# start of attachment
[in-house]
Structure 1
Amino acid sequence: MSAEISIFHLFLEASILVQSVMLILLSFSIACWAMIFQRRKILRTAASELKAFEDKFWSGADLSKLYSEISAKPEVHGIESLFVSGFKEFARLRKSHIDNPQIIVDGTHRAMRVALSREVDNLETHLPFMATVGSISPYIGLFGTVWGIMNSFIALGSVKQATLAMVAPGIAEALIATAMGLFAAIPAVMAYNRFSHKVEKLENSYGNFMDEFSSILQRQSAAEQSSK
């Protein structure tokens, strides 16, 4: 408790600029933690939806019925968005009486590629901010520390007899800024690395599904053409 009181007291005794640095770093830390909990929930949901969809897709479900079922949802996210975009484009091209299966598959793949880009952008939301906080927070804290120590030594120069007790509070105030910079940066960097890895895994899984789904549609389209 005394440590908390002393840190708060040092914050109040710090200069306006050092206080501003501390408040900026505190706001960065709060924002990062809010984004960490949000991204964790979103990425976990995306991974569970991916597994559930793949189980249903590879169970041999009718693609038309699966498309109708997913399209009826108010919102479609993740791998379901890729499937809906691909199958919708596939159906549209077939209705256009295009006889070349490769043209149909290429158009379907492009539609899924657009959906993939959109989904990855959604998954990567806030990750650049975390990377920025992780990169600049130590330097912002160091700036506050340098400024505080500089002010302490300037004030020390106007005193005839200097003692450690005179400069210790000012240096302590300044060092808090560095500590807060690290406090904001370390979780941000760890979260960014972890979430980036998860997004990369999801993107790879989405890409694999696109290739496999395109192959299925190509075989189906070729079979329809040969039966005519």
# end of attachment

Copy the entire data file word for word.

[in-house]
Structure 1
Amino acid sequence: MSAEISIFHLFLEASILVQSVMLILLSFSIACWAMIFQRRKILRTAASELKAFEDKFWSGADLSKLYSEISAKPEVHGIESLFVSGFKEFARLRKSHIDNPQIIVDGTHRAMRVALSREVDNLETHLPFMATVGSISPYIGLFGTVWGIMNSFIALGSVKQATLAMVAPGIAEALIATAMGLFAAIPAVMAYNRFSHKVEKLENSYGNFMDEFSSILQRQSAAEQSSK
């Protein structure tokens, strides 16, 4: 408790600029933690939806019925968005009486590629901010520390007899800024690395599904053409 009181007291005794640095770093830390909990929930949901969809897709479900079922949802996210975009484009091209299966598959793949880009952008939301906080927070804290120590030594120069007790509070105030910079940066960097890895895994899984789904549609389209 005394440590908390002393840190708060040092914050109040710090200069306006050092206080501003501390408040900026505190706001960065709060924002990062809010984004960490949000991204964790979103990425976990995306991974569970991916597994559930793949189980249903590879169970041999009718693609038309699966498309109708997913399209009826108010919102479609993740791998379901890729499937809906691909199958919708596939159906549209077939209705256009295009006889070349490769043209149909290429158009379907492009539609899924657009959906993939959109989904990855959604998954990567806030990750650049975390990377920025992780990169600049130590330097912002160091700036506050340098400024505080500089002010302490300037004030020390106007005193005839200097003692450690005179400069210790000012240096302590300044060092808090560095500590807060690290406090904001370390979780941000760890979260960014972890979430980036998860997004990369999801993107790879989405890409694999696109290739496999395109192959299925190509075989189906070729079979329809040969039966005519």